[Apologies for the long absence – I have been working on two large projects and distracted from my usual flow of sideways thinking.]
Is Tuesday a good time for a scattering of ideas?
1. The real problem with hype.
The UN Refugee Summit – all hype and no substance? A typically good read from IRIN. The question we have to ask as a sector, and I think within the framework of research rather than accusation, is whether the emptiness of hype constitutes the full extent of the damage. Do summits, conferences and other grand ‘change change change’ plus ‘build back better’ moments actually produce more negative than positive outcomes? Specifically – and I’ve blogged on this before, in the aftermath of Angelina Jolie and William Hague’s 2013 proclamation of a ‘historic moment’ in ending rape in conflict – do these well-hyped declarations actually function to diminish the likelihood of positive change? Did Bill Clinton’s ‘build back better’ speech help doom Haiti to the not-so-built-back future it would soon discover?
Mechanisms? The obvious question is whether the well-reported declarations of world leaders take the winds out of the sails of public pressure? Will people across the West now sleep better, knowing that the refugee problem is being dealt with by no less than Barack Obama and the entire United Nations? More important than public urgency, what about pressure from within the sector? Do these global launches generate too much of an opportunity for the aid system to capture momentum, political will and (surprise surprise) funding, only to transform it into conferences, evaluations, policy discussions, guidelines, and the unproductive yet satisfying busy-ness of saving the world? One might ask, “Where’s the beef?”
2. Fight the fear, not the violence?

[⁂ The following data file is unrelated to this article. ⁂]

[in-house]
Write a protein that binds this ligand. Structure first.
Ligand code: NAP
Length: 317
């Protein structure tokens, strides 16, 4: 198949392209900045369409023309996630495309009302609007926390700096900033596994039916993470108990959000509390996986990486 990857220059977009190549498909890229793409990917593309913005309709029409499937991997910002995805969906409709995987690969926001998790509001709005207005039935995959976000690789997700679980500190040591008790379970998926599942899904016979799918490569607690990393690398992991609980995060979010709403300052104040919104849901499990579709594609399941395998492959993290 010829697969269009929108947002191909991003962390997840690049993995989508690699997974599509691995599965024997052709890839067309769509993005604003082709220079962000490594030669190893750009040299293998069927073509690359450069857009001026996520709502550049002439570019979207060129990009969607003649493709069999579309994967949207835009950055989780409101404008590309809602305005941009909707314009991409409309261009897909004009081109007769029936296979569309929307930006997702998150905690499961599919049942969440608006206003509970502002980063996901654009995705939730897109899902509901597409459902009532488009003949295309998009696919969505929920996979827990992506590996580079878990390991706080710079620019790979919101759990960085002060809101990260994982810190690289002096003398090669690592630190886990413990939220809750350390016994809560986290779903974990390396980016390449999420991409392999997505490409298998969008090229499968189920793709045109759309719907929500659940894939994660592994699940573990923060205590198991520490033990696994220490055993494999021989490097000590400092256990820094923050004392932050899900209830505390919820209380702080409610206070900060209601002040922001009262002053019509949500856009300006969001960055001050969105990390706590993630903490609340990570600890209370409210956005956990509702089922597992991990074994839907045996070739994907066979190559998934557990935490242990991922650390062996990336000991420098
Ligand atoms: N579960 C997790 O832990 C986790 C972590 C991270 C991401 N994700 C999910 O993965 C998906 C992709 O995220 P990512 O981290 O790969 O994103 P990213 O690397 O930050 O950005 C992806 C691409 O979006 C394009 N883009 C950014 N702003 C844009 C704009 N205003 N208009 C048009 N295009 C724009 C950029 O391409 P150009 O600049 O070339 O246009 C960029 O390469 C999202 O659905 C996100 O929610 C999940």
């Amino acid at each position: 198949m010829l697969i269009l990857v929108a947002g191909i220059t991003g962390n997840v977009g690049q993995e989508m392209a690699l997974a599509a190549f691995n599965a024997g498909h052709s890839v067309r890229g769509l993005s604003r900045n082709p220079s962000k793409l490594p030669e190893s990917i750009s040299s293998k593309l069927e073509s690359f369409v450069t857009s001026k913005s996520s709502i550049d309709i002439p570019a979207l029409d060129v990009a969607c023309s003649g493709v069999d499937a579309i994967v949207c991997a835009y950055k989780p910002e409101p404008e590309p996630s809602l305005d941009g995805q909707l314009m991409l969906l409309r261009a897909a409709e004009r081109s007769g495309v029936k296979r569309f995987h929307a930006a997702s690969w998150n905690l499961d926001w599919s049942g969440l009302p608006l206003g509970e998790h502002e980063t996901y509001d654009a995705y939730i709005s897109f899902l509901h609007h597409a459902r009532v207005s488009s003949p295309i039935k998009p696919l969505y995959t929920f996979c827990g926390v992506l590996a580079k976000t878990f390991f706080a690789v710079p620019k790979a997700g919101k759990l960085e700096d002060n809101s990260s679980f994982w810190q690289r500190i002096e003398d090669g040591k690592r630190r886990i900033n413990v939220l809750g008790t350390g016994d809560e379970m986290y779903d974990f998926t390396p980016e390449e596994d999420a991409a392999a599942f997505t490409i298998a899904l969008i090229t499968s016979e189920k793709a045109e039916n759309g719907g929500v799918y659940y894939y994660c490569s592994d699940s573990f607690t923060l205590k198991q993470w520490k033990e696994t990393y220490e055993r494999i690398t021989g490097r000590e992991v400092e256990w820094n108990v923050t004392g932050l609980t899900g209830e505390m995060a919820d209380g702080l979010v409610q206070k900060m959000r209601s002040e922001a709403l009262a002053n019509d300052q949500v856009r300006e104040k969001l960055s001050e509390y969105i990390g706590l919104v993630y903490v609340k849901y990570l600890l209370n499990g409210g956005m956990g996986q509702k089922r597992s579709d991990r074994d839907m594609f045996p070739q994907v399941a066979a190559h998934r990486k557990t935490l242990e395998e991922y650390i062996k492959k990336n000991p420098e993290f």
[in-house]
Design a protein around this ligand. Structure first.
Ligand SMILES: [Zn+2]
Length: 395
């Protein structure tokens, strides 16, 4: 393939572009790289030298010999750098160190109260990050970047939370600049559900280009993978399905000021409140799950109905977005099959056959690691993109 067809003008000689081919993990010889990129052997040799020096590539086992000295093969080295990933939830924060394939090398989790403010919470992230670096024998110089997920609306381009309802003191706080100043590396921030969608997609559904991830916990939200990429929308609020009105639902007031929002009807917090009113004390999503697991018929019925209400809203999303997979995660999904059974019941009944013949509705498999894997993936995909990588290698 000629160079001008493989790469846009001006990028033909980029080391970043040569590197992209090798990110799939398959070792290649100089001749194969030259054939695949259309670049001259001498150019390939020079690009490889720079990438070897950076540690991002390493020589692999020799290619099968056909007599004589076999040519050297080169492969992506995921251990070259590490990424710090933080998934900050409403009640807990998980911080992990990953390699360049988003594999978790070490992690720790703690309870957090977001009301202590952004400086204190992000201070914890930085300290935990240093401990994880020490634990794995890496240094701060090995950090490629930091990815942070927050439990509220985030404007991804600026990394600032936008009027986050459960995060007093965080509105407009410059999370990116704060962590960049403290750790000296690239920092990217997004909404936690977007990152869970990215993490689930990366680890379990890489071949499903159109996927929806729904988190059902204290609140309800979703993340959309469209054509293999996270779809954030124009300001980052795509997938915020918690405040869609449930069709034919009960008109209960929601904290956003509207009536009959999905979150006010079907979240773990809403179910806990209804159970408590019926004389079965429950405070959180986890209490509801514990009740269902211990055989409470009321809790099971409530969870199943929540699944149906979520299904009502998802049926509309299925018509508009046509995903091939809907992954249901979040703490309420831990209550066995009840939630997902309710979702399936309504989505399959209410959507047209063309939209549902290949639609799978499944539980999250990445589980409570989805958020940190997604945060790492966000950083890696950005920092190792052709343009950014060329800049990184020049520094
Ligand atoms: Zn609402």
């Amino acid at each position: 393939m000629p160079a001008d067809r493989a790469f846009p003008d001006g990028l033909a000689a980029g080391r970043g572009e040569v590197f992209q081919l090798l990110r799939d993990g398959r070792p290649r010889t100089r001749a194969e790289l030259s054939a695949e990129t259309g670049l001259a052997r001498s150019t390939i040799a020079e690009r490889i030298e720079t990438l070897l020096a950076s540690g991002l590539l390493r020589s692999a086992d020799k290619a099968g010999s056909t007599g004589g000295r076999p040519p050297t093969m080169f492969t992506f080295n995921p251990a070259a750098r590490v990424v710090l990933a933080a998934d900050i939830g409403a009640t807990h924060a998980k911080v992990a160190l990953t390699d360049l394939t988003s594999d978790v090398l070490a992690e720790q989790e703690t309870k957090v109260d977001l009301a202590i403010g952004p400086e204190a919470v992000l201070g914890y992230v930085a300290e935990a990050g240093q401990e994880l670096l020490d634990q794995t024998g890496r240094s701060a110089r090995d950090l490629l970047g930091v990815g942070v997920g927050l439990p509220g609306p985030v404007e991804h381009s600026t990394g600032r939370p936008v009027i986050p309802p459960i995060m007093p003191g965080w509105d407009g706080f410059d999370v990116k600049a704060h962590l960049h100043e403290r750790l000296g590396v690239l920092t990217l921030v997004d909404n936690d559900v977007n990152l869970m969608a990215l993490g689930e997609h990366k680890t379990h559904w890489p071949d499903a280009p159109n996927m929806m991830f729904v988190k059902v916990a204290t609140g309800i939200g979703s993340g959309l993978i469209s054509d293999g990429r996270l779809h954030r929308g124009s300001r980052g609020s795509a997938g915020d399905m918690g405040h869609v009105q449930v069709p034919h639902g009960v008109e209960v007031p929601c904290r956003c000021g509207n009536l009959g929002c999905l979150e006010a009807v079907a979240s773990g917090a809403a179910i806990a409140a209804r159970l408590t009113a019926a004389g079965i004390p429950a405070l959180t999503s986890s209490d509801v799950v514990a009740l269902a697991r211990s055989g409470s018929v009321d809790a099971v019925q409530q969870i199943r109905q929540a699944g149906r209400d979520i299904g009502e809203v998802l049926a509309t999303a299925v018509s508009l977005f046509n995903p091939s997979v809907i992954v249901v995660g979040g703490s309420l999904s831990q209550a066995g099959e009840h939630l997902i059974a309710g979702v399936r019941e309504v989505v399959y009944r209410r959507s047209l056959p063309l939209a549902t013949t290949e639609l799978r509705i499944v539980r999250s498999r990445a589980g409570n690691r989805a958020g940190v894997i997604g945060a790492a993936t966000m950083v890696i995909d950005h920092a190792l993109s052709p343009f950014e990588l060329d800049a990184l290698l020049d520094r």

The Viet Nam war produced the incongruous situation whereby young black American males were removed from the civil rights struggle and shipped off to fight in Viet Nam. A journalist/historian named Wallace Terry interviewed these soldiers. As I listened to this fascinating BBC program on Terry’s work, one moment caught my ear. One of the soldiers interviewed talked excitedly about the Black Panthers, justifying their violence because blacks had to fear the police and fear the KKK, so it would be a positive and fair change if white people also had something to fear. I couldn’t help wondering if that same logic hasn’t fused with jihadi anger against the US or Europe. Which prompts the strategic question of how to get rid of their fear?
3. Respond to the fear (and to the suffering, loss, hopelessness, anxiety…), not just the violence
And while I am on the topic, the news from the US when it comes to inner city gun violence will be one of the great producers of phd theses a hundred years from now. It defies comprehension. Here’s a recent headline: In Chicago’s Deadliest Day Of 2016, 9 People Killed In Shootings On Monday. Get that? On a Monday.
In a timely BBC piece, the journalist attaches himself to a local rapper to penetrate one of the most violent Chicago neighborhoods. The report quickly transports. I slipped into voyeurism, appalled and yet enthralled by the combination of youth, energy, guns and lurid deaths. The entertainment ended at 12:53, when our tour guide broke through to my human side. Worth the watch.
Parts of Chicago must surely define a humanitarian crisis. I say that less because of the violence than because of the pain, the unfathomable grief, anxiety, powerlessness and waste that produce urban landscapes seemingly imagined by Cormac McCarthy. Trauma wounds may be dealt with at the hospital, but where is MSF with its psycho-social programming for the tens of thousands of victims? Because ‘this shit will fuck you up’ and because you know that the US healthcare system isn’t offering mental health care? Where is Save the Children with its ‘Child Friendly Spaces’? Or, more simply, how do we respond to these Americans who desperately need to ‘get out’ of a place that ‘ain’t normal’?
Tired of the gloom? Here is a rather devastating take on humanitarian action, cleverly disguised as a restaurant review. “It’s the good intentions that sink vegetative restaurants. They are selling the goodness of their intentions in the hope that you’re more interested in filling the karma bank than your stomach. The explanations of the ingredients are always longer than the recipes. Vegetarian places are to restaurants what the Big Issue is to journalism… It’s a commitment to niceness and oneness and caring and nurturing. The Big Issue is vegetarian journalism.” That’s the brilliant AA Gill’s Table Talk review of Tiny Leaf restaurant (Sunday Times Magazine 21 February 2016). By the way, he gave the restaurant two out of five stars.